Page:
One necessarily should juxtapose this scene with that of another - the vision of St John in the Book of the Apocalypse (5:6, 11-12), where the seer describes the scene of the Lamb that had been “slain” surrounded by thousands of angels singing its praises. I find it infinitely comforting that the wounded one is the object of heaven’s praise.  There, before the great throne in glory stands the slaughtered Lamb. Even in the glory of God’s presence, the wounds are visible. In fact the wounds elicit the thunderous praise of the heavenly hosts. There is something wonderfully beautiful and of a mystery about Christ's risen body. His wounds are his badge of glory. His wounds are trophies of his victory. But significantly for us, in Jesus’ wounds, the wounds of human life are never far from the heart of God. He brings the wounds of humanity into the presence of the Almighty and transfigures them forever. In a way, we need no longer be ashamed of our wounds, some are readily visible while others remain hidden. Our Lord’s wounds assures us that our wounds and scars are never hidden from God’s vision.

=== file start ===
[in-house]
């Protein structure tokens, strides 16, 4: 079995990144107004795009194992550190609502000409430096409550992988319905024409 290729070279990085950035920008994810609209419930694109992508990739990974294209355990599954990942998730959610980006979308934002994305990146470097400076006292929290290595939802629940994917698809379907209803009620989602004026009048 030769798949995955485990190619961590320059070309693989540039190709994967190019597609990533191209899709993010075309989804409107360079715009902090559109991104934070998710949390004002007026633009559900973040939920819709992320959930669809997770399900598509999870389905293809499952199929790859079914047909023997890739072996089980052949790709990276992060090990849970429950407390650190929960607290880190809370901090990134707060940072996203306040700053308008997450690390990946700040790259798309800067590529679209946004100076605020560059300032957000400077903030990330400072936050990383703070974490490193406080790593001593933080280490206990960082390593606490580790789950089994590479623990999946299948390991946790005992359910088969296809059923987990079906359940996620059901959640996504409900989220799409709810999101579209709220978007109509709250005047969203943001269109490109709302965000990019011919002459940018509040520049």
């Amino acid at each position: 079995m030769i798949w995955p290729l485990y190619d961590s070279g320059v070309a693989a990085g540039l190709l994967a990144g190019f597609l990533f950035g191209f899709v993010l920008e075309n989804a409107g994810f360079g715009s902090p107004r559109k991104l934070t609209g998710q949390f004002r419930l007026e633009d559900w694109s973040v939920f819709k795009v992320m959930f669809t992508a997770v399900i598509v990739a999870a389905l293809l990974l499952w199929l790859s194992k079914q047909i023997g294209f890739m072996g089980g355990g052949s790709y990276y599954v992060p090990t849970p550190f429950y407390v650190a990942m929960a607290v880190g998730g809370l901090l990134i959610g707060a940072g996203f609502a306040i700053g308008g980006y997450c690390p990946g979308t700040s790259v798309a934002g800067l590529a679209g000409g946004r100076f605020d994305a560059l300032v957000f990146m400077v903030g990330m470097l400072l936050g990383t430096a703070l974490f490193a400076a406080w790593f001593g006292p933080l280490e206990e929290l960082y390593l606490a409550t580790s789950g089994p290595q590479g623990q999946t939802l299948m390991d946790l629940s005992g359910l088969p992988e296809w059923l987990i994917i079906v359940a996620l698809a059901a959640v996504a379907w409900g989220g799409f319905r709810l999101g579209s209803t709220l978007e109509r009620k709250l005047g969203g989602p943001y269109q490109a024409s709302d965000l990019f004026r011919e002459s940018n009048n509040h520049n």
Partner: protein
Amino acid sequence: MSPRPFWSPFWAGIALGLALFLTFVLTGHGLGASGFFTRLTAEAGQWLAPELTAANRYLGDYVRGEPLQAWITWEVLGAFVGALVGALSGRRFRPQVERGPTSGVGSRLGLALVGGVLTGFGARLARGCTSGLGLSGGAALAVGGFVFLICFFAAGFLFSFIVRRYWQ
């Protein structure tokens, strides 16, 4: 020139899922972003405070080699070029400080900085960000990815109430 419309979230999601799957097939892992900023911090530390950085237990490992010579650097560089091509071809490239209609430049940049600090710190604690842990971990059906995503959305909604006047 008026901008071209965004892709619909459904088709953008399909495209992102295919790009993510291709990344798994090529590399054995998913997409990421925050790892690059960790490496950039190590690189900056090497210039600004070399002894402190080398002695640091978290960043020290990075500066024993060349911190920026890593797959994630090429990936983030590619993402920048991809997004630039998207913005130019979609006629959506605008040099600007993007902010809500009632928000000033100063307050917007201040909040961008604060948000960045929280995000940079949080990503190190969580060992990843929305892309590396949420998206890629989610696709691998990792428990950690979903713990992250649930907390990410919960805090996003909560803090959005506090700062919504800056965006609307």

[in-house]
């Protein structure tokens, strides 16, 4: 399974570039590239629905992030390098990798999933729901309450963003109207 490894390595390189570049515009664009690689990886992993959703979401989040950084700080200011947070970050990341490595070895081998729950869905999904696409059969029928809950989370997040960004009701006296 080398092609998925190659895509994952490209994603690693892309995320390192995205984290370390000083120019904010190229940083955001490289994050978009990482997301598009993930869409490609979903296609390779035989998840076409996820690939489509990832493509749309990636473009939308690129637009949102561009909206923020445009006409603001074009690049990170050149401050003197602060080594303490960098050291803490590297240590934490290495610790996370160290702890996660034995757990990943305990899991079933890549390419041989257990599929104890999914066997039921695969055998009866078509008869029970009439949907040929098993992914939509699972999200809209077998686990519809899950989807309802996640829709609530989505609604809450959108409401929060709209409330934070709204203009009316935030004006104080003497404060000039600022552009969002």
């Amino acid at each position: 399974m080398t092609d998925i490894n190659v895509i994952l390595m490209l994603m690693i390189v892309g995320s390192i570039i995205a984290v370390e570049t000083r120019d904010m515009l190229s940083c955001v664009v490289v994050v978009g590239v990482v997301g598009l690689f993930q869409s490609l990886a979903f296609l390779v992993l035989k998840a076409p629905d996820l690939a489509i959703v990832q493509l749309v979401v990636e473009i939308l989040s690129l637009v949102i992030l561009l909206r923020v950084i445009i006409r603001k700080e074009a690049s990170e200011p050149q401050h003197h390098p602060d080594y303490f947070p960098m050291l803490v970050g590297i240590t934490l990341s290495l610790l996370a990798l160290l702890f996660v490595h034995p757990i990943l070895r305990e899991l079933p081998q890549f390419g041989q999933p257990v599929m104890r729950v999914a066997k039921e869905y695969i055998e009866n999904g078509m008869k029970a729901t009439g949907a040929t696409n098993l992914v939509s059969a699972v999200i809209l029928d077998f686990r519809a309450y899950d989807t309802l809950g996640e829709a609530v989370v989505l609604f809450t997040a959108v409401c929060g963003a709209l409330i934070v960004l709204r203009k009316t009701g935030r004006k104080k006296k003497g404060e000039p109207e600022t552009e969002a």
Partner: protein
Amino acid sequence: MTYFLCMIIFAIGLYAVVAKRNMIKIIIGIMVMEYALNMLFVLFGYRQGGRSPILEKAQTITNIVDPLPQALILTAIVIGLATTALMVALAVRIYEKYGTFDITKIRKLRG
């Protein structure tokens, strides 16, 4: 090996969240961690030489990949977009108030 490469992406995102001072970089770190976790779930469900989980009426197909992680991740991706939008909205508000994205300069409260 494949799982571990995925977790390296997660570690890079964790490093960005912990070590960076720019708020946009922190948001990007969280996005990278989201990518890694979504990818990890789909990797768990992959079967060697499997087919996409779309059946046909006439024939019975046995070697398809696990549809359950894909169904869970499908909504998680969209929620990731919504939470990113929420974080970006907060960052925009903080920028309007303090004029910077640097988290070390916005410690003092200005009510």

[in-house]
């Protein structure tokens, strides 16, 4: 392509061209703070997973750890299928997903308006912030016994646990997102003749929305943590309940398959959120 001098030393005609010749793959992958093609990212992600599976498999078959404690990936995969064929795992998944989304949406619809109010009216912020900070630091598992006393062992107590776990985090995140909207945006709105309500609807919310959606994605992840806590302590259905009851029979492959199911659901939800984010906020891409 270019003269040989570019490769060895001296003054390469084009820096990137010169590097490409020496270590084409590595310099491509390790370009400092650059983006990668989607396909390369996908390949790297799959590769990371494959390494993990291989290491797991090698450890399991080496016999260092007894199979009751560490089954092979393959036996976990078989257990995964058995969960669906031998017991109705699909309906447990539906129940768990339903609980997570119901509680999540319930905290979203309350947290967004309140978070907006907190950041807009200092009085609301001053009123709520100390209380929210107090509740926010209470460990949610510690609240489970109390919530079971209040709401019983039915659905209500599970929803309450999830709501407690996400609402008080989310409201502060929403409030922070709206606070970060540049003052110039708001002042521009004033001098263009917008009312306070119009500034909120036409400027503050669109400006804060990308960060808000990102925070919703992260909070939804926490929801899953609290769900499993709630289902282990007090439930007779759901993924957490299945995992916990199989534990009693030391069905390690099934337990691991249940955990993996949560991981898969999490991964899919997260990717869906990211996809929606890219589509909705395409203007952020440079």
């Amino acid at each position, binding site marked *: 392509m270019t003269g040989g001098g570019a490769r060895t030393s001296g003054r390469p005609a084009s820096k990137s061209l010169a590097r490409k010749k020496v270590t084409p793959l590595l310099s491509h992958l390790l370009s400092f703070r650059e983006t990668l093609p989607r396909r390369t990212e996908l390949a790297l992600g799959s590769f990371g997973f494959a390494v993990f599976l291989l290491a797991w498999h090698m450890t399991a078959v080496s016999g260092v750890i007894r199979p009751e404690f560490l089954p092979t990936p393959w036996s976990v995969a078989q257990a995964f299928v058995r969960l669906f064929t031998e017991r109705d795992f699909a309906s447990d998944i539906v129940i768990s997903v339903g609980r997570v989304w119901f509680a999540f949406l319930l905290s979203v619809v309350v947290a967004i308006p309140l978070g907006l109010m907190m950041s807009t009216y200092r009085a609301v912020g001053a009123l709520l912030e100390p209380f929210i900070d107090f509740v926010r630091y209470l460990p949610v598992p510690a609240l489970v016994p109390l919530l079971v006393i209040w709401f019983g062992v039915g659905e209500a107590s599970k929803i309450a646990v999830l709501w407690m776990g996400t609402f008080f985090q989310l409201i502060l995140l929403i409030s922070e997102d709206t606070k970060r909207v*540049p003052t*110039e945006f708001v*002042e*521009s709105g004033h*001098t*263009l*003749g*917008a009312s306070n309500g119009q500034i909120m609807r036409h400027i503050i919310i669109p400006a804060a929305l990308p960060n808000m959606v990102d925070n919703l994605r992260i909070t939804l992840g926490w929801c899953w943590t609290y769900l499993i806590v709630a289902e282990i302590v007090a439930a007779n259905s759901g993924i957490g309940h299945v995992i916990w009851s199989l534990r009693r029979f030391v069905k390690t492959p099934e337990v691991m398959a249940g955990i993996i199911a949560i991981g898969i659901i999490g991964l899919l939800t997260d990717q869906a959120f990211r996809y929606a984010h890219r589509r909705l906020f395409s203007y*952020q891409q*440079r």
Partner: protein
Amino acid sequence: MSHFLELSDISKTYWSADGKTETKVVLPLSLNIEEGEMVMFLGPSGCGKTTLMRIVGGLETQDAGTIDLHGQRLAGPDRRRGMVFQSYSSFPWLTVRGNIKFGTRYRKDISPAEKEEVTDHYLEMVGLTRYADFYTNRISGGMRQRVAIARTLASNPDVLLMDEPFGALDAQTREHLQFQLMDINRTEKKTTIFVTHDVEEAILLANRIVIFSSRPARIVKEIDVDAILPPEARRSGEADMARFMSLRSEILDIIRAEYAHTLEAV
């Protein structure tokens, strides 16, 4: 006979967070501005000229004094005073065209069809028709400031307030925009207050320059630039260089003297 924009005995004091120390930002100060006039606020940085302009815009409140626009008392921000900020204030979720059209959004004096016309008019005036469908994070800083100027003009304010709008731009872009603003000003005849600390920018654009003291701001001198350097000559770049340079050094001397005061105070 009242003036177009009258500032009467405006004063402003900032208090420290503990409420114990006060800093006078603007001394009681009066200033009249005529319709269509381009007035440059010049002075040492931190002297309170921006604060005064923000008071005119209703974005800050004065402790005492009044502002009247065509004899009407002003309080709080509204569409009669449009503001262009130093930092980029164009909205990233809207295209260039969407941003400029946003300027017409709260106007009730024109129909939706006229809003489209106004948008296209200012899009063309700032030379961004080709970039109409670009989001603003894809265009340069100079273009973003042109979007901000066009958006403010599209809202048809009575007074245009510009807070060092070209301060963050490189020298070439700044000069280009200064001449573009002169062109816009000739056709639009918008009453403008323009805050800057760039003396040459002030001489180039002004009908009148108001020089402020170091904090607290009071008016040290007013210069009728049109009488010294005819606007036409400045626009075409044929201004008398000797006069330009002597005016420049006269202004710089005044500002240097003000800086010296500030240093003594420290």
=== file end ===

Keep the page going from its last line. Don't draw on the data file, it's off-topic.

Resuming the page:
But the wounds of Christ can also be a cause of scandal. It raises serious doubts that cannot be easily explained away. The wounds of Christ reminds us of the wounds that we see in the Body of Christ, the Church. The Church suffers from many visible wounds, caused by persecution on the one hand but also by sin. In the case of sin, the most painful and insidious wound must certainly be of division among its members, which can often prove devastating and scandalising, a cause for disillusionment.  But there is hope. As Christ appears after His resurrection, wearing His wounds like trophies, we come to discover the truth that though we may be wounded by much that happens in life, we need not be broken beyond redemption. Likewise, the Body of Christ wracked by division and splits, conflicts between individuals and groups, ambition and competition, the sinfulness of its members, can experience healing and restoration. The necessary path forward is forgiveness. A forgiveness wrought by Christ Himself and not by man.